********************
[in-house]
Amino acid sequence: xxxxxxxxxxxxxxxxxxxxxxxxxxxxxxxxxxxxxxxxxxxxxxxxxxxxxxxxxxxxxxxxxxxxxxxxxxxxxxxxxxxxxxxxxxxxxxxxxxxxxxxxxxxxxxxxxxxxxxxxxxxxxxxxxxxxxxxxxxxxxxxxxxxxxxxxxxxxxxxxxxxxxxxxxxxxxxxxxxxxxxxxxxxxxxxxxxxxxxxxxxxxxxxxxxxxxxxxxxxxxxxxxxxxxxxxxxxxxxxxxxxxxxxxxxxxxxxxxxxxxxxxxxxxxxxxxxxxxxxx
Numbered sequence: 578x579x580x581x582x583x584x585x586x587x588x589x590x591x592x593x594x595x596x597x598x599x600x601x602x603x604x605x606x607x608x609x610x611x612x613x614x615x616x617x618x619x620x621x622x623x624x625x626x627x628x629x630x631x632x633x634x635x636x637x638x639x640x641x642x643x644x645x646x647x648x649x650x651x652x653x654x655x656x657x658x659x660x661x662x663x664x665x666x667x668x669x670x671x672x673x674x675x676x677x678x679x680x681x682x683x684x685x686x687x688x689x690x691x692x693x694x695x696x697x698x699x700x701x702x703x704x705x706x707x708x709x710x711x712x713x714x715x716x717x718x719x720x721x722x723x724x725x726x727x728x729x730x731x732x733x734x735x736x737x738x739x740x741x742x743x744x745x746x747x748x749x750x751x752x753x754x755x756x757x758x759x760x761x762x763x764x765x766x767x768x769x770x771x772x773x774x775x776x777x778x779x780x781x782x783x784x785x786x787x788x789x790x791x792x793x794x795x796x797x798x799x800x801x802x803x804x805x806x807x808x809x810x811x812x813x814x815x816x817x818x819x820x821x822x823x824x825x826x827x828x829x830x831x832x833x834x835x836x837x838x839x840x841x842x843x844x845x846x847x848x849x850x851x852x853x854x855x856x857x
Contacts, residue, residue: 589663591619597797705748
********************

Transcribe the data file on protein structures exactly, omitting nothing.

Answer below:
[in-house]
Amino acid sequence: xxxxxxxxxxxxxxxxxxxxxxxxxxxxxxxxxxxxxxxxxxxxxxxxxxxxxxxxxxxxxxxxxxxxxxxxxxxxxxxxxxxxxxxxxxxxxxxxxxxxxxxxxxxxxxxxxxxxxxxxxxxxxxxxxxxxxxxxxxxxxxxxxxxxxxxxxxxxxxxxxxxxxxxxxxxxxxxxxxxxxxxxxxxxxxxxxxxxxxxxxxxxxxxxxxxxxxxxxxxxxxxxxxxxxxxxxxxxxxxxxxxxxxxxxxxxxxxxxxxxxxxxxxxxxxxxxxxxxxxx
Numbered sequence: 578x579x580x581x582x583x584x585x586x587x588x589x590x591x592x593x594x595x596x597x598x599x600x601x602x603x604x605x606x607x608x609x610x611x612x613x614x615x616x617x618x619x620x621x622x623x624x625x626x627x628x629x630x631x632x633x634x635x636x637x638x639x640x641x642x643x644x645x646x647x648x649x650x651x652x653x654x655x656x657x658x659x660x661x662x663x664x665x666x667x668x669x670x671x672x673x674x675x676x677x678x679x680x681x682x683x684x685x686x687x688x689x690x691x692x693x694x695x696x697x698x699x700x701x702x703x704x705x706x707x708x709x710x711x712x713x714x715x716x717x718x719x720x721x722x723x724x725x726x727x728x729x730x731x732x733x734x735x736x737x738x739x740x741x742x743x744x745x746x747x748x749x750x751x752x753x754x755x756x757x758x759x760x761x762x763x764x765x766x767x768x769x770x771x772x773x774x775x776x777x778x779x780x781x782x783x784x785x786x787x788x789x790x791x792x793x794x795x796x797x798x799x800x801x802x803x804x805x806x807x808x809x810x811x812x813x814x815x816x817x818x819x820x821x822x823x824x825x826x827x828x829x830x831x832x833x834x835x836x837x838x839x840x841x842x843x844x845x846x847x848x849x850x851x852x853x854x855x856x857x
Contacts, residue, residue: 589663591619597797705748